Liturgy of the Sunday

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Twenty-ninth Sunday of Ordinary Time

First Reading

Exodus 17,8-13

The Amalekites then came and attacked Israel at Rephidim. Moses said to Joshua, 'Pick some men and tomorrow morning go out and engage Amalek. I, for my part, shall take my stand on the hilltop with the staff of God in my hand.' Joshua did as Moses had told him and went out to engage Amalek, while Moses, Aaron and Hur went up to the top of the hill. As long as Moses kept his arms raised, Israel had the advantage; when he let his arms fall, the advantage went to Amalek. But Moses' arms grew heavy, so they took a stone and put it under him and on this he sat, with Aaron and Hur supporting his arms on each side. Thus his arms remained unwavering till sunset, and Joshua defeated Amalek, putting their people to the sword.


Psalm 120


My help comes from the Lord.

I lift up my eyes to the mountains :
from where shall come my help?

My help shall come from the Lord
who made heaven and earth.

May he never allow you to stumble!
Let him sleep not, your guard.

No, he sleeps not nor slumbers,
Israel's guard.

The Lord is your guard and your shade;
at your right side he stands.

By day the sun shall not smite you
nor the moon in the night.

The Lord will guard you from evil
he will guard your soul.

The Lord will guard your going and coming
both now and for ever.

Second Reading

2 Timothy 3,14-4,2

You must keep to what you have been taught and know to be true; remember who your teachers were, and how, ever since you were a child, you have known the holy scriptures -from these you can learn the wisdom that leads to salvation through faith in Christ Jesus. All scripture is inspired by God and useful for refuting error, for guiding people's lives and teaching them to be upright. This is how someone who is dedicated to God becomes fully equipped and ready for any good work. Before God and before Christ Jesus who is to be judge of the living and the dead, I charge you, in the name of his appearing and of his kingdom: proclaim the message and, welcome or unwelcome, insist on it. Refute falsehood, correct error, give encouragement -- but do all with patience and with care to instruct.

Reading of the Gospel

Alleluia, alleluia, alleluia

Yesterday I was buried with Christ,
today I rise with you who are risen.
With you I was crucified;
remember me, Lord, in your kingdom.

Alleluia, alleluia, alleluia

Luke 18,1-8

Then he told them a parable about the need to pray continually and never lose heart. 'There was a judge in a certain town,' he said, 'who had neither fear of God nor respect for anyone. In the same town there was also a widow who kept on coming to him and saying, "I want justice from you against my enemy!" For a long time he refused, but at last he said to himself, "Even though I have neither fear of God nor respect for any human person, I must give this widow her just rights since she keeps pestering me, or she will come and slap me in the face." ' And the Lord said, 'You notice what the unjust judge has to say? Now, will not God see justice done to his elect if they keep calling to him day and night even though he still delays to help them? I promise you, he will see justice done to them, and done speedily. But when the Son of man comes, will he find any faith on earth?'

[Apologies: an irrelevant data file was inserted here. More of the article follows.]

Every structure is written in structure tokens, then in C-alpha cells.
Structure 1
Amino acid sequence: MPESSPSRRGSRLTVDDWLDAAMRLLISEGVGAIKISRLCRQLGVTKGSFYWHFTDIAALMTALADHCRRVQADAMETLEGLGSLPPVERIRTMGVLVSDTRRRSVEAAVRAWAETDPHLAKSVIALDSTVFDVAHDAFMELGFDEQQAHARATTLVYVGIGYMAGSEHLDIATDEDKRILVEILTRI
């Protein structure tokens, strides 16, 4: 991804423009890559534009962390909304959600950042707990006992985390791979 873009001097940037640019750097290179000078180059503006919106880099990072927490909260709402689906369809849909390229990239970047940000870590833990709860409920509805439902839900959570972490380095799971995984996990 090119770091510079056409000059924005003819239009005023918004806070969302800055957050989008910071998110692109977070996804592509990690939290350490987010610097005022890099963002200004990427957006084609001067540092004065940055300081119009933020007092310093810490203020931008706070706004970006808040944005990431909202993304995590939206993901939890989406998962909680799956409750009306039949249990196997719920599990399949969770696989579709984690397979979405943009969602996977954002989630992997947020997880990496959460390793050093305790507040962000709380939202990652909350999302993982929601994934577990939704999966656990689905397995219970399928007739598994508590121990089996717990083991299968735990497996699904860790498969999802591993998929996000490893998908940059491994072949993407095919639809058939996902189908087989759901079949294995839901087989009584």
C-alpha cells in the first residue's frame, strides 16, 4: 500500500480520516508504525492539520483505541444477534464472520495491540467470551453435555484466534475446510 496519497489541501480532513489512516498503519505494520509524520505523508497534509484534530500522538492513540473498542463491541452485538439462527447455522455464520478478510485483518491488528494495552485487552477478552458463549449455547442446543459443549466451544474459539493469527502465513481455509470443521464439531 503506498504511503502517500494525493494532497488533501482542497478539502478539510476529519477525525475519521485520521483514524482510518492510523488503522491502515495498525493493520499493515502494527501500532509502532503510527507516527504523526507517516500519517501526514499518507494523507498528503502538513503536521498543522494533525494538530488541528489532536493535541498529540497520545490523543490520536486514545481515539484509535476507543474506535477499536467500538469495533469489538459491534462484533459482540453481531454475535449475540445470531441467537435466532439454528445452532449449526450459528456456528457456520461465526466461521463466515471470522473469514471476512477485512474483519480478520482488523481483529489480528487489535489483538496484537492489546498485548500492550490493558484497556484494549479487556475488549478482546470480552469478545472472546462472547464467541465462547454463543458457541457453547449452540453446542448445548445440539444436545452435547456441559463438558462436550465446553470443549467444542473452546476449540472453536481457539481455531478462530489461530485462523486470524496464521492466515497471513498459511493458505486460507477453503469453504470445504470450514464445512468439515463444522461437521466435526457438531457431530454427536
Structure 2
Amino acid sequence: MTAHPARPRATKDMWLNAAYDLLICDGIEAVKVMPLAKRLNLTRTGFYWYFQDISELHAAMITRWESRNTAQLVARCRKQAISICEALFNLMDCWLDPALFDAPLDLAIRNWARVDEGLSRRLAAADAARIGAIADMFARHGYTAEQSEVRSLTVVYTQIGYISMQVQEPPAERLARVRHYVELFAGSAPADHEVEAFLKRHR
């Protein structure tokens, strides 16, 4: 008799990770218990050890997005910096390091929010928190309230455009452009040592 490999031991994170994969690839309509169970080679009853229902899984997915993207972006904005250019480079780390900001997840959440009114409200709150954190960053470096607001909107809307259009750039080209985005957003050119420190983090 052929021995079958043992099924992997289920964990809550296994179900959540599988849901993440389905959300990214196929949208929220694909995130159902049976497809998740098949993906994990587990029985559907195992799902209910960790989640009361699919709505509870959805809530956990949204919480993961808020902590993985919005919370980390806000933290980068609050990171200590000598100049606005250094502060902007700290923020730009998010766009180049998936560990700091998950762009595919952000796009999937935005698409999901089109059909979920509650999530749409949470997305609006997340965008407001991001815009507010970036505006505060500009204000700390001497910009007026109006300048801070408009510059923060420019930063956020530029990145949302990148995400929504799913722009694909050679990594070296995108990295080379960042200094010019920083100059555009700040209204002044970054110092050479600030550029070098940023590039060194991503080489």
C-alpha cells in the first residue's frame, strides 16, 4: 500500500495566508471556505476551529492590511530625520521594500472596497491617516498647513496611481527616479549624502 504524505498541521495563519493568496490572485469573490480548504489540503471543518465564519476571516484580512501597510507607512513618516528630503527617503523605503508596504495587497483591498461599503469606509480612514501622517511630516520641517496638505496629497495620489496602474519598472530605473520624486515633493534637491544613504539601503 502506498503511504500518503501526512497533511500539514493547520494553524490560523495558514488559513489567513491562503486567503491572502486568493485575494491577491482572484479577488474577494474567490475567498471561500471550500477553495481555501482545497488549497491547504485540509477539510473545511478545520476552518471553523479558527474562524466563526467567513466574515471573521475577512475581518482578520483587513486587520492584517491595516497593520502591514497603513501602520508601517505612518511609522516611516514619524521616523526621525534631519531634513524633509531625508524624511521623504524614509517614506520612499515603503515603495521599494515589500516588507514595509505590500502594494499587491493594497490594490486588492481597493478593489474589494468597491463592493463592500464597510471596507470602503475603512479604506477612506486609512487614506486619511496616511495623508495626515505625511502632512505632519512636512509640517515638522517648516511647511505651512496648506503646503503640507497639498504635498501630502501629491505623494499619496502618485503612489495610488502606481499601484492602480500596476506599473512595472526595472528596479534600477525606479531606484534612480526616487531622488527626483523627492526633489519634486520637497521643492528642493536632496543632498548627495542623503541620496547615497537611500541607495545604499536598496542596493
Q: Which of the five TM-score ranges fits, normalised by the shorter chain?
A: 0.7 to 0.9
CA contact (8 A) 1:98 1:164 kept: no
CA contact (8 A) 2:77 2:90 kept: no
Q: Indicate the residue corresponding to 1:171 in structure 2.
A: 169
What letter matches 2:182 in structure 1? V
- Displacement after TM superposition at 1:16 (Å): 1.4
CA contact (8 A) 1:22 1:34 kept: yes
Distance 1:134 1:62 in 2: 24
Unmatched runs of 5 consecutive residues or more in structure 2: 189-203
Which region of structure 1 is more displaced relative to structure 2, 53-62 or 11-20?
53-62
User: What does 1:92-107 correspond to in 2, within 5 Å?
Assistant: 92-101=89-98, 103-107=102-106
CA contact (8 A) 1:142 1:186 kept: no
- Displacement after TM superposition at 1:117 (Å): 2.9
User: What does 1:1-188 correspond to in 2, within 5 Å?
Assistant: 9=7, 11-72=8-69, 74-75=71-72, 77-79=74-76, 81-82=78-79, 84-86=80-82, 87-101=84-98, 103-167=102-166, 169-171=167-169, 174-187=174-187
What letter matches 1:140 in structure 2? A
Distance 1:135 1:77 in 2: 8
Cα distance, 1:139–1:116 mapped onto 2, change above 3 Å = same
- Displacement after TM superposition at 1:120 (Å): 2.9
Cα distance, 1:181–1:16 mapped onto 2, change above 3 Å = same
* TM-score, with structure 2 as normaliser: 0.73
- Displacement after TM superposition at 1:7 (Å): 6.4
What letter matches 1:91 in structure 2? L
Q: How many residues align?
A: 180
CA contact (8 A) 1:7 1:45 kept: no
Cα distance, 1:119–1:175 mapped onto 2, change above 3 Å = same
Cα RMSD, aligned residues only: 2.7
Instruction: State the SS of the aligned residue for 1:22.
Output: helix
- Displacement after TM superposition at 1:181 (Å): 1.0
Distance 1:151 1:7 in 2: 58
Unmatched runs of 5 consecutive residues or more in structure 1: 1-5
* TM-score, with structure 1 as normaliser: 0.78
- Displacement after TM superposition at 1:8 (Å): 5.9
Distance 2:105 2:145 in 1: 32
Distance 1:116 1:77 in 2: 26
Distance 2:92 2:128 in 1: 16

Alleluia, alleluia, alleluia

Yesterday I was buried with Christ,
today I rise with you who are risen.
With you I was crucified;
remember me, Lord, in your kingdom.

Alleluia, alleluia, alleluia


Jesus offers his disciples a parable on the need to always pray, without tiring. Prayer is not a decorative part of life, but a necessity for us and for the world we live in, and we understand it starting from the example of the insistent widow. It is a typical situation, not only in Jesus' time but today as well, in which the poor and vulnerable are victims of injustices masked as legality. In the parable there is a judge who should, with impartiality and timeliness, defend that poor woman. But the magistrate behaves completely in the opposite way, he does not fear God nor humanity. In a certain way, the arrogance of power comes through, which we always find in the story of humanity.
At this point, the story of the parable begins: what will the poor widow do in this situation of evident injustice? Furthermore, in the ancient Jewish world, women like her were symbols of weakness, on top of being the most exposed to abuses of power. God himself becomes their defender: indeed, He is invoked with the title "protector of widows," now without the protection of her husband (Ps 68:5). This woman does not give up. Instead, with insistence she goes to the judge and demands right judgement. She did not do it only once but more times, with tenacity she did not tire of demanding justice until the judge decided to hear her case. "Listen to what the unjust judge says. And will not God grant justice to his chosen ones who cry to him day and night? Will he delay long in helping them?" (vv 7-8). Yes, God will not make us wait long, he will bring justice soon (some translate "suddenly," "when you least expect it") if, with insistence, we turn our prayer to Him. In truth, believers have an incredible power in prayer, an energy that is capable of changing the world. We are all, maybe, like that poor widow, weak, without particular power; and yet this weakness, in insistent prayer, becomes a powerful force, like for the widow who was able to break the judge's hardness.